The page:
Then a strange thing began to happen. Almost as if it had been rehearsed, one by one the players began to come by where I was sitting and without saying a word, they reached down and rubbed the end of my fighter pilot's scarf. Early in the fourth quarter, with us still 10 points behind, several players came over, stood me up and pushed me toward Weed, who was standing on the sideline waiting to take the field. I said to him, "I think you're supposed to rub this scarf. I know it sounds silly, but...."
He said, "Yeah." And then he rubbed the scarf with both hands.
From then on he was nearly perfect. He took the Lumberjacks on a 69-yard drive, culminating in a 15-yard touchdown run by Ron Jefferson. Rick Wilson kicked the extra point, and it was 10-7.
We held them and got the ball back with 4:30 left, but we were deep in our own territory. That's when I jerked myself together, went to the sideline and knelt by Coach Hess. I said, "Jim, it's time. Run the sweep." He yelled something to Smitty, who was signaling the plays in to Weed that I didn't quite hear. Maybe I had a bad seat, but it looked more like a dive play to LeBlanc than it did a sweep. But it got us a first down.
Then I called 124. I distinctly heard Coach Hess yell that over to Smitty. We got 48 yards. Except Weed hit Noble, instead of Dixon, whom I'd designated as the primary receiver. It gave us a first-and-goal at Angelo's nine-yard line.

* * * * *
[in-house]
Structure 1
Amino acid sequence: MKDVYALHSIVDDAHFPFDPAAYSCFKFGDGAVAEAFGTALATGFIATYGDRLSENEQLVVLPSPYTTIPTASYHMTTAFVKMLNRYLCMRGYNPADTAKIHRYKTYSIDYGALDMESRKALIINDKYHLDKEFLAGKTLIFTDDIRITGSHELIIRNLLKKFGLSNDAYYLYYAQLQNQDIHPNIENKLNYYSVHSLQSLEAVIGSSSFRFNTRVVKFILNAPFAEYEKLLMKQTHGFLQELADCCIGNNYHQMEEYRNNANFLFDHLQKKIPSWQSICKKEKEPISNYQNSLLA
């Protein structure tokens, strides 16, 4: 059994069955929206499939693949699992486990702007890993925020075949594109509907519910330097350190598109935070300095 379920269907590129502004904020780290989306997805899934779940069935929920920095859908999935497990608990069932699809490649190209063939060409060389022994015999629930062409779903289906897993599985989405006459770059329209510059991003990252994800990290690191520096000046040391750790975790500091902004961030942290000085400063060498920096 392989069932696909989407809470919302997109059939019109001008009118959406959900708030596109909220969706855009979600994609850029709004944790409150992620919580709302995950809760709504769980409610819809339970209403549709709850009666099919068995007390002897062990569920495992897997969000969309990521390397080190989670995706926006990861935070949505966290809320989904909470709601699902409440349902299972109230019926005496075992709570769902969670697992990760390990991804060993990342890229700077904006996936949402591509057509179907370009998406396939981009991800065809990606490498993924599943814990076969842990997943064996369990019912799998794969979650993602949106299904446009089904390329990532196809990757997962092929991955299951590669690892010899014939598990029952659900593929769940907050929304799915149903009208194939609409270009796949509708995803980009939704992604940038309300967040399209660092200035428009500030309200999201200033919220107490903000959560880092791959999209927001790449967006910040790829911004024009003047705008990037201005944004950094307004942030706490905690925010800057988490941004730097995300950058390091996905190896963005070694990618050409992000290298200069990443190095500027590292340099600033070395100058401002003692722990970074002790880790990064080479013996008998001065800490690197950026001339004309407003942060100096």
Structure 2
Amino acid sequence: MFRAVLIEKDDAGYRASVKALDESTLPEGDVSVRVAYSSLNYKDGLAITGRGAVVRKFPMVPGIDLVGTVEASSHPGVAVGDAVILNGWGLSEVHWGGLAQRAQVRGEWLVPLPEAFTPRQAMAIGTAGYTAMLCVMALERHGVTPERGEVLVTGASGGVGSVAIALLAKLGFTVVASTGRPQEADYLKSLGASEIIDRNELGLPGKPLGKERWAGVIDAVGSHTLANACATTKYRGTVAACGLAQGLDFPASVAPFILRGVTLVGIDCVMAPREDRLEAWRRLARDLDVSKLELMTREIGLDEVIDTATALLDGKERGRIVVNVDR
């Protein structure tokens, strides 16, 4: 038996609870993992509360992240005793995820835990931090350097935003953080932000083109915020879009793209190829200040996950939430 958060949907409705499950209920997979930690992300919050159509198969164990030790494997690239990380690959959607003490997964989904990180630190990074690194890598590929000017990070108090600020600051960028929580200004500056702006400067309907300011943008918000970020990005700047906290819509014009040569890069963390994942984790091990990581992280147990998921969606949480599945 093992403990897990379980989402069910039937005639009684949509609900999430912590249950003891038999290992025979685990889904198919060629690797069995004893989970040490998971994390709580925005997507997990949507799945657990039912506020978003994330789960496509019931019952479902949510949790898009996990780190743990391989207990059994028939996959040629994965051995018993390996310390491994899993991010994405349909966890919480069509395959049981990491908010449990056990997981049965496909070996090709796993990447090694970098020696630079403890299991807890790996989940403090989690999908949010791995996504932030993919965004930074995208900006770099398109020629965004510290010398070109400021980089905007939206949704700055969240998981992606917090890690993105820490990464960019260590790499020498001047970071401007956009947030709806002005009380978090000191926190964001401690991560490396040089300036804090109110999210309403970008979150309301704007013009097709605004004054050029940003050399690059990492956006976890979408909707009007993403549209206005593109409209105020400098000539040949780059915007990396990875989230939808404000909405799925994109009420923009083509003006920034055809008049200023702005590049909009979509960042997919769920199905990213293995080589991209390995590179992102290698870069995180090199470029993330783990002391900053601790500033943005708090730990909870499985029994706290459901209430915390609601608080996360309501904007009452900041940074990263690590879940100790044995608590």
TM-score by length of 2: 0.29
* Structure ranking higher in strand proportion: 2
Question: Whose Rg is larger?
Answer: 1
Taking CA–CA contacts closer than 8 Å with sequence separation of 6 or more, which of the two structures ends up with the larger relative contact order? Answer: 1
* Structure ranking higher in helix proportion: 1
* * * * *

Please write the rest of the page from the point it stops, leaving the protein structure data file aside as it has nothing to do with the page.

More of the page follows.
Two plays and a personal-foul penalty later, we were at their four with another first down. I don't know if this is true or not. I was a little too excited to remember. But Coach Hess swears it happened. He said I was yelling in his ear about us having been on the four once before and having given them a pass look. He said that I told him to give them the pass look again and then run the quarterback draw. Well, somebody called it, because it happened. Weed went straight in for the go-ahead TD.
SFA 14, Angelo State 10.
In the final minute and a half we shut them down completely, sacking Cox three times. And we went into the locker room the winning team, after having been beaten for three-quarters of the game.
Later, at a party at Coach Hess's house, he and I detached ourselves for awhile and went back in a bedroom to talk things over. I kind of scratched my ear and said, "Coach, when I called that sweep, to set up 124, it looked like a dive play to me."
"Well, you know," he said, "the sideline is the worst seat in the house."